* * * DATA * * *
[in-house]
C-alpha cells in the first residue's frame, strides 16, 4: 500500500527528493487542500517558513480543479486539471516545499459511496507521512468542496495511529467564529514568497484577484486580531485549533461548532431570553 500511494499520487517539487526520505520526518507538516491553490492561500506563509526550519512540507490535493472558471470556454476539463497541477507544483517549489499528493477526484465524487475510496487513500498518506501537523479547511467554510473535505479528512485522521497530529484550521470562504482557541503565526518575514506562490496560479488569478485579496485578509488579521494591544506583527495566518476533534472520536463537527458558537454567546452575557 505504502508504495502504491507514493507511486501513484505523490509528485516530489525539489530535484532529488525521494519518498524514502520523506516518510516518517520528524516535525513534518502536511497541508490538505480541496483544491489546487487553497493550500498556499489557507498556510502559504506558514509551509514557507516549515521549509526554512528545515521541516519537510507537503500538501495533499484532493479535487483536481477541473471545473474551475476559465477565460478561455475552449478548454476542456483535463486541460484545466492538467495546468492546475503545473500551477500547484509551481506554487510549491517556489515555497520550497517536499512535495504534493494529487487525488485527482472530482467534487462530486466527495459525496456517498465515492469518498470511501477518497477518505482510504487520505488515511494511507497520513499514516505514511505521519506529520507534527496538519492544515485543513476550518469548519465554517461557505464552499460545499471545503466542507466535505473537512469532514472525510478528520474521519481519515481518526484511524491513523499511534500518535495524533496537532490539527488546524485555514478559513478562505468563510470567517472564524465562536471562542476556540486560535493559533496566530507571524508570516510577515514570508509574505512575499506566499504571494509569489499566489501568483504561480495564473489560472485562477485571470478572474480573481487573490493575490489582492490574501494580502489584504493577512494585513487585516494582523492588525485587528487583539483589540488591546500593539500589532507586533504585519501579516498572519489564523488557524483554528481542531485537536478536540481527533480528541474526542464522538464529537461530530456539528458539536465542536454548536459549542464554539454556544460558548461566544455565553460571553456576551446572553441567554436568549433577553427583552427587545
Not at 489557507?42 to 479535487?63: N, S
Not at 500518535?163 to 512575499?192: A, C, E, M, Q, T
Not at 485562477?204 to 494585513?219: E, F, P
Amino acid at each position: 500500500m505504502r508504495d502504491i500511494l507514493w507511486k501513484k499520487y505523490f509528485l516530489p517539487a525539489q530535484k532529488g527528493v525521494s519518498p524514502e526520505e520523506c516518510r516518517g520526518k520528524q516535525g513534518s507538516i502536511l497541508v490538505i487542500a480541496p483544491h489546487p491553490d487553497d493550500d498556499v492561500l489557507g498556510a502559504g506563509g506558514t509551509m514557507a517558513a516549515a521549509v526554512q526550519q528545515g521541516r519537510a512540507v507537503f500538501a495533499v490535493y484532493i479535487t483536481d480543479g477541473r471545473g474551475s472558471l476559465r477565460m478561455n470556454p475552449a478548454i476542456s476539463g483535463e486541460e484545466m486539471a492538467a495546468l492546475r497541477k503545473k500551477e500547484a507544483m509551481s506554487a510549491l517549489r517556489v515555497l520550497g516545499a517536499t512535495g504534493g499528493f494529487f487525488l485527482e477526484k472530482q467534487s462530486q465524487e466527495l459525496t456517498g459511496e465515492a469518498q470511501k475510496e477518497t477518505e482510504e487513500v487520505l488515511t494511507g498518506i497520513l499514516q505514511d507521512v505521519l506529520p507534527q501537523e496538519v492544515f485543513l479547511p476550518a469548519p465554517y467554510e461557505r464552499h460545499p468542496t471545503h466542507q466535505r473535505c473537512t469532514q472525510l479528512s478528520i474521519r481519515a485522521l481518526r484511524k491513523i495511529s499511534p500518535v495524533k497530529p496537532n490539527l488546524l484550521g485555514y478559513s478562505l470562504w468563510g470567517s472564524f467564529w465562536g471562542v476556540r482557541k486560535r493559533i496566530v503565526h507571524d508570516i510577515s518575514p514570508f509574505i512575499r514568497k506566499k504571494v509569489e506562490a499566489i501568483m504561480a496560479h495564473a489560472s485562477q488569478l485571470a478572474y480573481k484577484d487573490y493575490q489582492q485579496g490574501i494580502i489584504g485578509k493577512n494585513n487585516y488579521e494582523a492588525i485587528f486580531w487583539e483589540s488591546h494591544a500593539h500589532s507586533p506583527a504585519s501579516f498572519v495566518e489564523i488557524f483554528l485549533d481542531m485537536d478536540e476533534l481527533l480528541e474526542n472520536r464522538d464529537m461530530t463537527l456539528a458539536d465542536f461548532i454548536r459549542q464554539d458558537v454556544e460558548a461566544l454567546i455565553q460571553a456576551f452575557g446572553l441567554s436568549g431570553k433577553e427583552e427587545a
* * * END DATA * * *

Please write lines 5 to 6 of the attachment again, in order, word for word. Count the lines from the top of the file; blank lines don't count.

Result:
Not at 485562477?204 to 494585513?219: E, F, P
Amino acid at each position: 500500500m505504502r508504495d502504491i500511494l507514493w507511486k501513484k499520487y505523490f509528485l516530489p517539487a525539489q530535484k532529488g527528493v525521494s519518498p524514502e526520505e520523506c516518510r516518517g520526518k520528524q516535525g513534518s507538516i502536511l497541508v490538505i487542500a480541496p483544491h489546487p491553490d487553497d493550500d498556499v492561500l489557507g498556510a502559504g506563509g506558514t509551509m514557507a517558513a516549515a521549509v526554512q526550519q528545515g521541516r519537510a512540507v507537503f500538501a495533499v490535493y484532493i479535487t483536481d480543479g477541473r471545473g474551475s472558471l476559465r477565460m478561455n470556454p475552449a478548454i476542456s476539463g483535463e486541460e484545466m486539471a492538467a495546468l492546475r497541477k503545473k500551477e500547484a507544483m509551481s506554487a510549491l517549489r517556489v515555497l520550497g516545499a517536499t512535495g504534493g499528493f494529487f487525488l485527482e477526484k472530482q467534487s462530486q465524487e466527495l459525496t456517498g459511496e465515492a469518498q470511501k475510496e477518497t477518505e482510504e487513500v487520505l488515511t494511507g498518506i497520513l499514516q505514511d507521512v505521519l506529520p507534527q501537523e496538519v492544515f485543513l479547511p476550518a469548519p465554517y467554510e461557505r464552499h460545499p468542496t471545503h466542507q466535505r473535505c473537512t469532514q472525510l479528512s478528520i474521519r481519515a485522521l481518526r484511524k491513523i495511529s499511534p500518535v495524533k497530529p496537532n490539527l488546524l484550521g485555514y478559513s478562505l470562504w468563510g470567517s472564524f467564529w465562536g471562542v476556540r482557541k486560535r493559533i496566530v503565526h507571524d508570516i510577515s518575514p514570508f509574505i512575499r514568497k506566499k504571494v509569489e506562490a499566489i501568483m504561480a496560479h495564473a489560472s485562477q488569478l485571470a478572474y480573481k484577484d487573490y493575490q489582492q485579496g490574501i494580502i489584504g485578509k493577512n494585513n487585516y488579521e494582523a492588525i485587528f486580531w487583539e483589540s488591546h494591544a500593539h500589532s507586533p506583527a504585519s501579516f498572519v495566518e489564523i488557524f483554528l485549533d481542531m485537536d478536540e476533534l481527533l480528541e474526542n472520536r464522538d464529537m461530530t463537527l456539528a458539536d465542536f461548532i454548536r459549542q464554539d458558537v454556544e460558548a461566544l454567546i455565553q460571553a456576551f452575557g446572553l441567554s436568549g431570553k433577553e427583552e427587545a